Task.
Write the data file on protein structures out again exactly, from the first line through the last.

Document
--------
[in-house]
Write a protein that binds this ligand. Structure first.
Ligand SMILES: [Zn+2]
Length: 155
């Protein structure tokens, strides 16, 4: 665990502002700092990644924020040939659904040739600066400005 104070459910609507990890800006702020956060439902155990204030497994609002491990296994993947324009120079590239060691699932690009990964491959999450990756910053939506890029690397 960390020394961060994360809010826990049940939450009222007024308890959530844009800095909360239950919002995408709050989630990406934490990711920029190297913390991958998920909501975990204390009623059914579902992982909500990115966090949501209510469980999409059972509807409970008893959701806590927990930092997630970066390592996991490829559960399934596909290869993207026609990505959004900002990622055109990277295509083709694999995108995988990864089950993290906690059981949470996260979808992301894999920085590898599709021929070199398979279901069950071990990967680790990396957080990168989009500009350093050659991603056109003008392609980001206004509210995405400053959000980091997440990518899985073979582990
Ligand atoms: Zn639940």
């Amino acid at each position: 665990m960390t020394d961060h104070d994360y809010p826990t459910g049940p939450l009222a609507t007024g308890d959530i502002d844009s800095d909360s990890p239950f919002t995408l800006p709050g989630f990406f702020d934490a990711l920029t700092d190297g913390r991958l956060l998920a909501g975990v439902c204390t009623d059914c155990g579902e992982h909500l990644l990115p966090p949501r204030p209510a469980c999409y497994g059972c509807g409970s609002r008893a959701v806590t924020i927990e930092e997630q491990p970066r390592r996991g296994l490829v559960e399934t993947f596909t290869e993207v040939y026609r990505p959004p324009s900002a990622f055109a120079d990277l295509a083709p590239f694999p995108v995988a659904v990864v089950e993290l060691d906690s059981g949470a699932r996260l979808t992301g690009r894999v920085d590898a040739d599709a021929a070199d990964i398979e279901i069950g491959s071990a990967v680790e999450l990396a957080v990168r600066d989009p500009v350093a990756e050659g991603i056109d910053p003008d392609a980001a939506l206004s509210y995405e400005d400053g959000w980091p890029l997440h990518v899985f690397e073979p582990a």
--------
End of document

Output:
[in-house]
Write a protein that binds this ligand. Structure first.
Ligand SMILES: [Zn+2]
Length: 155
């Protein structure tokens, strides 16, 4: 665990502002700092990644924020040939659904040739600066400005 104070459910609507990890800006702020956060439902155990204030497994609002491990296994993947324009120079590239060691699932690009990964491959999450990756910053939506890029690397 960390020394961060994360809010826990049940939450009222007024308890959530844009800095909360239950919002995408709050989630990406934490990711920029190297913390991958998920909501975990204390009623059914579902992982909500990115966090949501209510469980999409059972509807409970008893959701806590927990930092997630970066390592996991490829559960399934596909290869993207026609990505959004900002990622055109990277295509083709694999995108995988990864089950993290906690059981949470996260979808992301894999920085590898599709021929070199398979279901069950071990990967680790990396957080990168989009500009350093050659991603056109003008392609980001206004509210995405400053959000980091997440990518899985073979582990
Ligand atoms: Zn639940």
């Amino acid at each position: 665990m960390t020394d961060h104070d994360y809010p826990t459910g049940p939450l009222a609507t007024g308890d959530i502002d844009s800095d909360s990890p239950f919002t995408l800006p709050g989630f990406f702020d934490a990711l920029t700092d190297g913390r991958l956060l998920a909501g975990v439902c204390t009623d059914c155990g579902e992982h909500l990644l990115p966090p949501r204030p209510a469980c999409y497994g059972c509807g409970s609002r008893a959701v806590t924020i927990e930092e997630q491990p970066r390592r996991g296994l490829v559960e399934t993947f596909t290869e993207v040939y026609r990505p959004p324009s900002a990622f055109a120079d990277l295509a083709p590239f694999p995108v995988a659904v990864v089950e993290l060691d906690s059981g949470a699932r996260l979808t992301g690009r894999v920085d590898a040739d599709a021929a070199d990964i398979e279901i069950g491959s071990a990967v680790e999450l990396a957080v990168r600066d989009p500009v350093a990756e050659g991603i056109d910053p003008d392609a980001a939506l206004s509210y995405e400005d400053g959000w980091p890029l997440h990518v899985f690397e073979p582990a």